The holiday season is a joyous and festive time of year, but some of our favorite traditions can be hazardous to our pets. Injury, illness, or complications can be more severe in a cancer-fighting pet. Follow these guidelines to ensure a safe and joyous holiday season for all.
The holiday season is here, and many pet parents also intend to engage their furry friends in the celebrations. As you prepare for the holidays, try to keep your pet’s feeding and exercise routines as near their routine as possible. Also, please keep pets away from the following harmful snacks, toxic plants, and hazardous decorations.
When we put out our holiday decorations this year, it’s important to remember that many commonly used items can be dangerous to our furry family members. Before transforming your home into a winter wonderland, educate yourself on holiday decoration safety for your pets.
Christmas trees should be anchored to the wall or ceiling
Have you ever seen a cat or dog go crazy over a Christmas tree? Cats enjoy climbing trees, and dog tails can easily knock ornaments over the entire tree. Consider tying your tree to the wall and ceiling with a fishing line to keep it upright.
Because of bacteria and chemicals, the water in the base of a live tree can be hazardous for thirsty pets. Keep ornaments and lights away from lower branches to avoid wire or string chewing. Finally, always unplug your tree and lights before leaving, and keep an eye on your pet around any electrical decorations.
Tinsel should be avoided
You’ve seen the cat videos, so you know cats adore sparkly tinsel. Their eyes may light up when they see it, but consuming it can cause stomach distress and possibly surgery to remove it. If you have a cat, you should avoid using tinsel.
A nibble can become a swallow, resulting in a clogged digestive tract, severe vomiting, dehydration, and possibly surgery. Therefore, decorating your boughs with anything other than tinsel is preferable.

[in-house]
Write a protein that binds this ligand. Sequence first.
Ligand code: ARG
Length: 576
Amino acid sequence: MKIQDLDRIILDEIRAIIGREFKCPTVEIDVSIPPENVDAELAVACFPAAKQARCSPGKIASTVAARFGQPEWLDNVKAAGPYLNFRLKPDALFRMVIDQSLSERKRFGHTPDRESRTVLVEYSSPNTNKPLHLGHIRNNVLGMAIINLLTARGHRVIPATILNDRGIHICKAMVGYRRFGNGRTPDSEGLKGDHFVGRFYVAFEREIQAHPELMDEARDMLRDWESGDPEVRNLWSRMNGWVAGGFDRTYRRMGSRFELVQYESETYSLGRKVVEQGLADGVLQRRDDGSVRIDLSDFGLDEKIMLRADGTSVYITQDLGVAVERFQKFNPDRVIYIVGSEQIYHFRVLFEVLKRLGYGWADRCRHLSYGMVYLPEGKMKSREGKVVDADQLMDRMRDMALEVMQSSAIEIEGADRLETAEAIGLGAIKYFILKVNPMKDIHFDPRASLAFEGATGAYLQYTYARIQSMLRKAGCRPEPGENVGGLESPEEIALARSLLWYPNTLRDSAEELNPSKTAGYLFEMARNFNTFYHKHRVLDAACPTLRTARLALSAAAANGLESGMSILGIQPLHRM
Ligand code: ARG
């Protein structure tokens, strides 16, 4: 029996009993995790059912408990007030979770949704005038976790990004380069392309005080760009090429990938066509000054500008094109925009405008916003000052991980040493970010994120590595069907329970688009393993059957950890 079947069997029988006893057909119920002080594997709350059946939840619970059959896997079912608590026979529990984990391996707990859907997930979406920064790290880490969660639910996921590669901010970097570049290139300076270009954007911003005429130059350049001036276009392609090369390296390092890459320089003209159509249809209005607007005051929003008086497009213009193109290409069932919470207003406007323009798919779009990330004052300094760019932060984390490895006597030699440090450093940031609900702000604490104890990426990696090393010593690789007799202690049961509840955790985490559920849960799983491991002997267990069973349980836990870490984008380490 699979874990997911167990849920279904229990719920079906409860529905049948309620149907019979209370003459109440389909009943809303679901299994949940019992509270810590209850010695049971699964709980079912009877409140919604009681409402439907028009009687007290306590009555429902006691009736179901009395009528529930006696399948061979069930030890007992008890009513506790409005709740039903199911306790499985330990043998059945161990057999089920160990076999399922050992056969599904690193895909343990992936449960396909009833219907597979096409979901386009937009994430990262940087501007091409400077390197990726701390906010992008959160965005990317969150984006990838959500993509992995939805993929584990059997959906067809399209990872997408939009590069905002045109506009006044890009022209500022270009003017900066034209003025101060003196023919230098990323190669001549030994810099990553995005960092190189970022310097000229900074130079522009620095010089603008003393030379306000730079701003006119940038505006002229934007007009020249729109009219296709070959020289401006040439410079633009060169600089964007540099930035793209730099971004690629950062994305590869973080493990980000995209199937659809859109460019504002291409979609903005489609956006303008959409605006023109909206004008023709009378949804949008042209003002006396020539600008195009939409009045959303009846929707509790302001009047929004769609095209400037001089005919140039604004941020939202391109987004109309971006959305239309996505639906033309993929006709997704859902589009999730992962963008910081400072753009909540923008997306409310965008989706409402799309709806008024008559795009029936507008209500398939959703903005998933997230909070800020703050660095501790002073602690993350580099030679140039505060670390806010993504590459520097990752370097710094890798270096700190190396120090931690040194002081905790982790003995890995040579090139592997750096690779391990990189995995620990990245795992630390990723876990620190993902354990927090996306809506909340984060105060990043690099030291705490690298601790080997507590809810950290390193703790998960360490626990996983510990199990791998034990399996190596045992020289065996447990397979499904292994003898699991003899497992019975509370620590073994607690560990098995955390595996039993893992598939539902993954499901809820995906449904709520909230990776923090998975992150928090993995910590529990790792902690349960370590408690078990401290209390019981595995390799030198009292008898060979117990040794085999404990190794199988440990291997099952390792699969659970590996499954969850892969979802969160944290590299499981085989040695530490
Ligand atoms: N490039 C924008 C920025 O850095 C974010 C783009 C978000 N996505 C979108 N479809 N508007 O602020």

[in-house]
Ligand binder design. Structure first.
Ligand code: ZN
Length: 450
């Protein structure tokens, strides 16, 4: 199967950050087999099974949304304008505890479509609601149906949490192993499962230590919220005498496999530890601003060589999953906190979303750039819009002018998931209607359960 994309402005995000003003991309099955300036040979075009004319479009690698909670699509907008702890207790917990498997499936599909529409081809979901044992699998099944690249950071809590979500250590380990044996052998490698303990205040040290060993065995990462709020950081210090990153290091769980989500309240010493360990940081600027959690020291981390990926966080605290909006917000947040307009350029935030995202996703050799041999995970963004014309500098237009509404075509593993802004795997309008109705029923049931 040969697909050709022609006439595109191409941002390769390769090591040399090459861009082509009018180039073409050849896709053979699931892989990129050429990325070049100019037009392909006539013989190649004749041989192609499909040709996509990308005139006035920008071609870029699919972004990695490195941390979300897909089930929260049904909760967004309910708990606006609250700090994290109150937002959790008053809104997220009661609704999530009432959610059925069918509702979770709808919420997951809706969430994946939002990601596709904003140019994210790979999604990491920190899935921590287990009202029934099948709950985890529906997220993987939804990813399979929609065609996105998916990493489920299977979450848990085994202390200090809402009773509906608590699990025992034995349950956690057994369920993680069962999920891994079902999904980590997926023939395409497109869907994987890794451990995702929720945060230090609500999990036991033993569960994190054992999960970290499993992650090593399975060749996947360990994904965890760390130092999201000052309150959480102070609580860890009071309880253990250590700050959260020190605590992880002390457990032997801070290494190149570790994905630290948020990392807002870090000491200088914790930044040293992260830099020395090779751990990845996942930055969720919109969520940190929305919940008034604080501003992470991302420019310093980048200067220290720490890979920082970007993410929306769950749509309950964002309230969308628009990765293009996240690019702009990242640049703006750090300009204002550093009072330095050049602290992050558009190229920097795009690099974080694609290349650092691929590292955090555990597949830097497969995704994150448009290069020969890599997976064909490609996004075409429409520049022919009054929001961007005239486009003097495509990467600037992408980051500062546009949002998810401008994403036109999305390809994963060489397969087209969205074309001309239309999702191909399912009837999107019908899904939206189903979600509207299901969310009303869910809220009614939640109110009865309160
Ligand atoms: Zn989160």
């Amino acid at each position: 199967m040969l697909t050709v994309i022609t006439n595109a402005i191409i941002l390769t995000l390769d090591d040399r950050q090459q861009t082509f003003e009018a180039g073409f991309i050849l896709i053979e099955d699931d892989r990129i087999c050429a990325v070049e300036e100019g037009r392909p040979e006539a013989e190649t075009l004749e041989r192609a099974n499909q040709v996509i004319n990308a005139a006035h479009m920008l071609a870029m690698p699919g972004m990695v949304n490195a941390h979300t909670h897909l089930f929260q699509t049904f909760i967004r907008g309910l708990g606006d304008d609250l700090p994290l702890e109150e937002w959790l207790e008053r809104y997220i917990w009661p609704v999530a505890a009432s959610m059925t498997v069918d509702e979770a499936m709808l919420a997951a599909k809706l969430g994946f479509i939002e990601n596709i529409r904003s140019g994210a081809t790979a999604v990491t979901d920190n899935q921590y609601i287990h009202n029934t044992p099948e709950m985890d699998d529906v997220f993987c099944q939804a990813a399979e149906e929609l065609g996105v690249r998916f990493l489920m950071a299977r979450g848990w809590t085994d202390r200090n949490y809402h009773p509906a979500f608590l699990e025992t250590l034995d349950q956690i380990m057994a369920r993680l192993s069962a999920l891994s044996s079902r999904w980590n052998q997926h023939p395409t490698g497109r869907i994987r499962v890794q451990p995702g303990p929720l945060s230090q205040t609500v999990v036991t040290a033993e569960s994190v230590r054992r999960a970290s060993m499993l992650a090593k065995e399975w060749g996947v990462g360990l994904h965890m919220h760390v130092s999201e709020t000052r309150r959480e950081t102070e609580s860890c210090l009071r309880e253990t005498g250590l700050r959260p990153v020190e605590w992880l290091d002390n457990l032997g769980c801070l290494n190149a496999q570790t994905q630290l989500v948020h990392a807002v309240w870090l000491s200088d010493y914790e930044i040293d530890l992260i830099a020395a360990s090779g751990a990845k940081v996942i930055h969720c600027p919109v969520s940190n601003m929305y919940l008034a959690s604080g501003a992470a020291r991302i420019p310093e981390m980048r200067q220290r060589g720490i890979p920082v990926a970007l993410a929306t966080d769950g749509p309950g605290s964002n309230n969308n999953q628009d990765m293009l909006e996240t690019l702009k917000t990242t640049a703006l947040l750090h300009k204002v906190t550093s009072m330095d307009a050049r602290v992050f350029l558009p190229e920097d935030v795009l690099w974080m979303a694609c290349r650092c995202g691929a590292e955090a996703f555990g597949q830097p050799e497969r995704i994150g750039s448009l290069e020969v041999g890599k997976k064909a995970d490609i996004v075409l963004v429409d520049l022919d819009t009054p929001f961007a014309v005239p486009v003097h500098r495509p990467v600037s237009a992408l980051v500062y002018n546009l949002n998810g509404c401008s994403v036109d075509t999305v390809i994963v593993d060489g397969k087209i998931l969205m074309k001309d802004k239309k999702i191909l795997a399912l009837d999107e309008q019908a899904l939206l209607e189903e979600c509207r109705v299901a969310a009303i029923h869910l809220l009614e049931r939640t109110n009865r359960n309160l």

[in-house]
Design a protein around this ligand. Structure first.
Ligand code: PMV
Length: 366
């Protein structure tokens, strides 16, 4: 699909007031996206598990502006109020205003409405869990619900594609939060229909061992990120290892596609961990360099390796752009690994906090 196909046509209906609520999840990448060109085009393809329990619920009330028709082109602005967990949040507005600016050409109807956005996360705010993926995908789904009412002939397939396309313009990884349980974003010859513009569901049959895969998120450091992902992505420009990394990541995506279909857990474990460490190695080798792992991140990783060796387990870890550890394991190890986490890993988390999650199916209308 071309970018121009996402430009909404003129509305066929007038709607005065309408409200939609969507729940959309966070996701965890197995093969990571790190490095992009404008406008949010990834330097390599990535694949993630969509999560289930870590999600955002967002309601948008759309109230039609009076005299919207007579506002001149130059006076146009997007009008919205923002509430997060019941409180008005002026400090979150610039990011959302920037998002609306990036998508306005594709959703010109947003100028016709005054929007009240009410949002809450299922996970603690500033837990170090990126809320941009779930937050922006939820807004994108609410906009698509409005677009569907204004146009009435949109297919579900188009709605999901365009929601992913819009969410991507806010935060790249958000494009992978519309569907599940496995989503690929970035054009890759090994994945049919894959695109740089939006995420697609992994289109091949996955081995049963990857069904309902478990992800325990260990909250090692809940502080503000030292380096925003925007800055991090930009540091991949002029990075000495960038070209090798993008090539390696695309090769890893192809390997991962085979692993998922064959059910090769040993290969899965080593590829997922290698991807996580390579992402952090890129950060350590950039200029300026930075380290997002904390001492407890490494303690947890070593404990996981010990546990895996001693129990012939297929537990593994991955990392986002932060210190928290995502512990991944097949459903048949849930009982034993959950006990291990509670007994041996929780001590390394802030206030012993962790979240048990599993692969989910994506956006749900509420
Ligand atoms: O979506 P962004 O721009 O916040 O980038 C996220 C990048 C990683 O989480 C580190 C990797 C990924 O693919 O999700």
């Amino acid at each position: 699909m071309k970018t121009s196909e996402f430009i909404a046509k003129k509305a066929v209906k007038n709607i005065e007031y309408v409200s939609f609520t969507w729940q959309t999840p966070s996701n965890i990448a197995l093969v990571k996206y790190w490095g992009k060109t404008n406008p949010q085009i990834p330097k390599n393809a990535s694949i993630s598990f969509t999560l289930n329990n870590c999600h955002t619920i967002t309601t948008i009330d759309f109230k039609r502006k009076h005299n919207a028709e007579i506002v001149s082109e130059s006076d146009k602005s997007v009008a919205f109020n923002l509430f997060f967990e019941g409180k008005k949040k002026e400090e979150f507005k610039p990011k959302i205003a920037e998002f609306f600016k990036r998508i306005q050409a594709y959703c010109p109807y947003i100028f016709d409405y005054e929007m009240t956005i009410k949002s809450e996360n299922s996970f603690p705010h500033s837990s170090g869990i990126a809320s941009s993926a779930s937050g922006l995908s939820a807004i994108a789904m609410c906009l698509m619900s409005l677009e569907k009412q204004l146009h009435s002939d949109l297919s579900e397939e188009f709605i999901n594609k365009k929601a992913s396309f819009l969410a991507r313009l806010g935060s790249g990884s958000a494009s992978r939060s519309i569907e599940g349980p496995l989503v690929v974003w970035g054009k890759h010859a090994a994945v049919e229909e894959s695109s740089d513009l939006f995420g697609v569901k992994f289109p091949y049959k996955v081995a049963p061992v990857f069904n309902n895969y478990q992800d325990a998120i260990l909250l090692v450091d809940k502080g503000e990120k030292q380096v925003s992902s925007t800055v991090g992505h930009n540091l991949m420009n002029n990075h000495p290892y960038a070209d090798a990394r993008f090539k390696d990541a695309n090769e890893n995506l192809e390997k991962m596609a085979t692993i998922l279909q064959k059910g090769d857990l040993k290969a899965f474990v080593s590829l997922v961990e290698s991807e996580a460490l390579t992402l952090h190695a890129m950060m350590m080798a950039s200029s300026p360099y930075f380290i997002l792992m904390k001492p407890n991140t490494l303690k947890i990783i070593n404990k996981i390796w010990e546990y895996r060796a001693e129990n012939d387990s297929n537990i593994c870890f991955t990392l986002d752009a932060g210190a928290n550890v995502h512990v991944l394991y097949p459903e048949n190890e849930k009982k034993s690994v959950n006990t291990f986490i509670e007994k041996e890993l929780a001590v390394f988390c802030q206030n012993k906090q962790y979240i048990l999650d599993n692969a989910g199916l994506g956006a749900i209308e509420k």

Enhance Holiday Plants and Bouquets
Did you know that mistletoe, holly, poinsettias, and lilies are toxic to animals? Make sure all plants are out of reach of children and pets and buy artificial or pet-friendly bouquets whenever possible.
Use Menorahs and Candles Wisely
Keep open flames away from areas where cats can get to them; a wagging tail or curious cat could knock it over and start a fire.
Keep table food out of reach of children
If consumed, cookies, sweets, cakes, and other rich holiday fares can be toxic to pets. Fatty table scraps can cause pancreatitis, and yeast in dough can produce bloating. Even in tiny dosages, the popular artificial sweetener Xylitol and chocolate can be lethal. Unfortunately, these snacks are just as appealing to your dogs and cats as they are to you, so keep them out of reach of your pets.
Don’t Overstimulate Your Pet During the Holidays
Your pets may not be as enthusiastic to entertain relatives and friends as you are, and even gregarious pets may require some alone time. Always give dogs access to a dimly lit room with water and a bed or box as a haven. Keep an eye out for exits as well. Guests may not be as concerned about escape routes as you are. Please make sure all of your dogs are microchipped and have an ID tag on their collar that is up to date.
If you are traveling with your pet, check nearby emergency veterinary clinics to have a plan in place in case your pet needs immediate care.
Please get in touch with our office (Houston veterinary hospital) immediately for more information about our emergency veterinary services.
From all of us at safari animal hospital, we wish you and your animal friends a joyous and safe Christmas season!
Before the holidays arrive, reach out to safari animal hospital via our contact information just in case you have a need.
We are an affordable pet clinic Houston based. While we hope you won’t need to use them, it is better to be prepared than frantically looking for them in an emergency. We offer effective stem cell therapy for pets as well.